The history of human space missions spans over 50 years. In that time people have learnt to live and work in space, constantly develop new technologies and make innovations an indelible part of daily life. By its very nature, human astronautics requires constant innovation, technological development and the search for unconventional solutions.
Today, the International Space Station (ISS) is actively working in low Earth orbit. It is the largest ever international high technology project, a unique example of international cooperation that brings together 26 partner countries and 83 user states.
The ISS tests key mission technologies for future human travel into deep space, including life support systems, new generation electrical power supply systems and electrical engine units.
Testing methods, performance assurance technology and health support research that will be needed by crews embarking on long-term flights can all be done onboard the ISS. Such tests include not only medical and biological research and experiments but simulated long-term free flights. In the future the module capacity on the ISS could also be used as a base for developing infrastructure that could be deployed far beyond low Earth orbit.
It’s difficult to say what fate awaits the ISS after 2024 - everything depends on the decisions made by the international partners. Based on today’s needs and forecasts, it is an educated guess that the orbital station will remain as a laboratory for scientific research and the testing of various technological advances in spaceflight.
It is impossible for any one country to implement all of these plans alone
Of course, a number of alternatives have been suggested. Some see prospective space stations as ‘rigs’, where crews will assemble large modules and units with the help of robotics. From a technological standpoint we understand how to do this now. Whether we’d be able to do it is another matter. It will greatly depend on the development of international relations and the overall condition of the ISS.
Based on the information already obtained from the ISS and technologies tested with its help, humanity will be able to take the next step in the development of human space programmes - to begin researching and exploring space beyond low Earth orbit.
The Moon, asteroids that are close to Earth, and Mars are strategic goals and will be the main avenues of research in the coming decades. But in order to follow them, a number of difficult and fundamental challenges in the fields of new technology development must first be solved.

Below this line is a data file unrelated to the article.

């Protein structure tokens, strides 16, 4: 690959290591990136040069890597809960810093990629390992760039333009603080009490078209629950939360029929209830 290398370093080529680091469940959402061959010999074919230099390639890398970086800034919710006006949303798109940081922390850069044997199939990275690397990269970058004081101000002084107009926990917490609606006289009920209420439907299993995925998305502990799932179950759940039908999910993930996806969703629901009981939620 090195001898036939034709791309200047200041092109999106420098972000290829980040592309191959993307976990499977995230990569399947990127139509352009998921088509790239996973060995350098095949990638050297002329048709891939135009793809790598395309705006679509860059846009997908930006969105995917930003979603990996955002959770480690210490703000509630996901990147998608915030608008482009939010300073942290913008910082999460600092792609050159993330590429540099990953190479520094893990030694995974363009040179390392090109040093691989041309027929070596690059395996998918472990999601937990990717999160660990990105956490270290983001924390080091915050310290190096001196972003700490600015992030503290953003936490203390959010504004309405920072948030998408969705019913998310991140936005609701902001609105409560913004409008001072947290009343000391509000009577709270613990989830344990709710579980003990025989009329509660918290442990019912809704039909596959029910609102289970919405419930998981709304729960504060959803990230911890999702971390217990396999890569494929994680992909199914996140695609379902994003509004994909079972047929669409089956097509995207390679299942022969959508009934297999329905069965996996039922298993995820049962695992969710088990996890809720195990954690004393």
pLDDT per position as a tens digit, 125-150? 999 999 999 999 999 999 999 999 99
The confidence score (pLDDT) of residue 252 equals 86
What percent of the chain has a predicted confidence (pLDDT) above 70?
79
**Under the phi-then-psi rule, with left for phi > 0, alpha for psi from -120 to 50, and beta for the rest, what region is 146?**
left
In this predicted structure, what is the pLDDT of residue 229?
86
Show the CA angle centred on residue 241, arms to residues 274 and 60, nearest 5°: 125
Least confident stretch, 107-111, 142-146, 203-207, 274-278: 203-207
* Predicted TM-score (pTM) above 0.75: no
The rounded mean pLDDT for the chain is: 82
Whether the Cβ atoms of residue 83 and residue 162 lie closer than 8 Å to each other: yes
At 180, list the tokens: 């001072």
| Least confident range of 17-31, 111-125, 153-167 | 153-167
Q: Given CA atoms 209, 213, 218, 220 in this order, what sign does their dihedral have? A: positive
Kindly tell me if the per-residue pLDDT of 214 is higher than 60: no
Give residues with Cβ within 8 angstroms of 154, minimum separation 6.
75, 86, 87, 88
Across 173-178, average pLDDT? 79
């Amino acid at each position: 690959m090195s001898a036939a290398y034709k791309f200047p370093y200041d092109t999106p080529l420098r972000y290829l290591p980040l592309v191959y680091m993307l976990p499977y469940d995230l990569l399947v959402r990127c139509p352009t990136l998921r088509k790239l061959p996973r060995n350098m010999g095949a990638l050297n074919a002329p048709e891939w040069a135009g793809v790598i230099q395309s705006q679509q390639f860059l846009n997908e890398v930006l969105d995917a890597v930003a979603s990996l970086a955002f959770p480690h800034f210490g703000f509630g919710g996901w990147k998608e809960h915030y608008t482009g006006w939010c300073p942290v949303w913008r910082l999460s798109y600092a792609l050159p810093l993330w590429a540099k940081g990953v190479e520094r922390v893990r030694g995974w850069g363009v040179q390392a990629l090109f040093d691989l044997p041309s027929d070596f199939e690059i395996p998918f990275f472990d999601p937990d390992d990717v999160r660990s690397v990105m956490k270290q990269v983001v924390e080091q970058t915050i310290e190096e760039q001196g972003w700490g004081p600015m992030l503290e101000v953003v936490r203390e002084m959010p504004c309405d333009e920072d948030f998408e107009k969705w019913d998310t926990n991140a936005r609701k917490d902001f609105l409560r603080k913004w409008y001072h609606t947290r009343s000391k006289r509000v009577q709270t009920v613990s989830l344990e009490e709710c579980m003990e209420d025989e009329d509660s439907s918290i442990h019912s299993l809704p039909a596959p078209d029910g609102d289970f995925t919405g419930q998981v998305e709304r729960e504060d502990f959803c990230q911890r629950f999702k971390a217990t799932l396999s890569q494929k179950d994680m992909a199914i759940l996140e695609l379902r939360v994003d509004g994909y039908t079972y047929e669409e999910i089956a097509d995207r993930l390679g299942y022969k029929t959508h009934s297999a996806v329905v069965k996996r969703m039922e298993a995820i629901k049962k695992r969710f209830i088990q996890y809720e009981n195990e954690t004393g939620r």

Radiation, the lack of gravitation, hypomagnetism and other special aspects of flying beyond low Earth orbit all present new challenges for space technology, systems and materials.
Research and exploration of space will require the creation of a whole new infrastructure which will include transport systems, including spaceships, launch vehicles, takeoff and landing systems, orbital transfer facilities for cargo deliveries, and habitable systems for outer space and on other planets and bodies of the Solar System.
Today, Russia is developing key elements of a future transport system - a new generation manned transport vehicle and a heavy launch vehicle that will be able to place the new ship onto the correct trajectory for reaching the Moon.
A Moon landing for Russian astronauts is planned for the end of the 2020s
The new transport vehicle will be able to deliver a four person crew. The ship will weigh 20 tons and will be able to be in autonomous flight for up to 30 days. Its first launch is planned for 2021 and during initial missions it will fly to the ISS.
An unmanned circumnavigation of the Moon is planned for the mid-2020s and a Moon landing for Russian astronauts is planned for the end of the 2020s.
Looking at the Soviet and Russian background of docking large objects in low Earth orbit can be helpful. Russian know-how in docking operations and large structure assembly in space allows for the use of multi-station plans for flights to the Moon.
Before a super-heavy launch vehicle - one that is capable of delivering payloads of 80 tonnes or more to near-Earth orbit - is created the first flights to the Moon will be conducted with a multi-station setup and the use of the already tested Angara-A5 class launch vehicle.
Model of the return capsule for the new generation Russian crewed space vehicle, on display at the MAKS-2015 exhibition
Construction of a super-heavy launch vehicle is planned for the future - a vehicle that would be able to deliver a manned ship and its crew to the Moon in a single launch. Electric propulsion engine transfer vehicles will have to be built in order to provide regular cargo traffic during the initial Moon exploration and Moon base setup stages.
Even though many nations with leading space programmes have announced their plans to explore outer space, it is impossible for any one country to implement all of these plans alone. By definition, human flights to outer space must be the product of international cooperation.
Cooperation will ensure the succession of international space programmes
International cooperation will allow the development of effective space solutions. It will combine innovative technology and provide security of the programme. Dividing up mutual responsibilities and obligations, as well as optimising the partners’ expenditures will also increase the programme’s reliability.
In a wider sense, international cooperation will ensure the succession of international space programmes, will help strengthen partnerships and lead to enduring technical, economic and political connections on a global scale.